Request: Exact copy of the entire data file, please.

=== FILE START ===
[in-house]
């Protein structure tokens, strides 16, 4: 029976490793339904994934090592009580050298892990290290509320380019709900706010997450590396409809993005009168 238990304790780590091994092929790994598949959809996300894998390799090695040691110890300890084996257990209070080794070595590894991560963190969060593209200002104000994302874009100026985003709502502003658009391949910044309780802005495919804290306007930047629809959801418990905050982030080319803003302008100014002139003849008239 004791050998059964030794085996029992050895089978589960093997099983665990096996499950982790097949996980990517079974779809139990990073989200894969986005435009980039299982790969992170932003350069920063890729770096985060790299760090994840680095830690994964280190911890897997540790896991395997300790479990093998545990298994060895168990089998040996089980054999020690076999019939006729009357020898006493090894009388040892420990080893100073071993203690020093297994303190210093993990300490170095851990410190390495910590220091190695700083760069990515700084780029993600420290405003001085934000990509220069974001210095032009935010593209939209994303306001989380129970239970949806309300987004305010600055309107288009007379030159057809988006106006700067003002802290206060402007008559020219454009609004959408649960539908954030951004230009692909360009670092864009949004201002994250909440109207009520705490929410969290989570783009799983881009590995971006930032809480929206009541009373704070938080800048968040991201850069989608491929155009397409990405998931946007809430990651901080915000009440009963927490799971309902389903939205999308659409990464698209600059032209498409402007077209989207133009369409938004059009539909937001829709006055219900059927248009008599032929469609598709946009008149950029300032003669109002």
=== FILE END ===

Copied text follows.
[in-house]
């Protein structure tokens, strides 16, 4: 029976490793339904994934090592009580050298892990290290509320380019709900706010997450590396409809993005009168 238990304790780590091994092929790994598949959809996300894998390799090695040691110890300890084996257990209070080794070595590894991560963190969060593209200002104000994302874009100026985003709502502003658009391949910044309780802005495919804290306007930047629809959801418990905050982030080319803003302008100014002139003849008239 004791050998059964030794085996029992050895089978589960093997099983665990096996499950982790097949996980990517079974779809139990990073989200894969986005435009980039299982790969992170932003350069920063890729770096985060790299760090994840680095830690994964280190911890897997540790896991395997300790479990093998545990298994060895168990089998040996089980054999020690076999019939006729009357020898006493090894009388040892420990080893100073071993203690020093297994303190210093993990300490170095851990410190390495910590220091190695700083760069990515700084780029993600420290405003001085934000990509220069974001210095032009935010593209939209994303306001989380129970239970949806309300987004305010600055309107288009007379030159057809988006106006700067003002802290206060402007008559020219454009609004959408649960539908954030951004230009692909360009670092864009949004201002994250909440109207009520705490929410969290989570783009799983881009590995971006930032809480929206009541009373704070938080800048968040991201850069989608491929155009397409990405998931946007809430990651901080915000009440009963927490799971309902389903939205999308659409990464698209600059032209498409402007077209989207133009369409938004059009539909937001829709006055219900059927248009008599032929469609598709946009008149950029300032003669109002």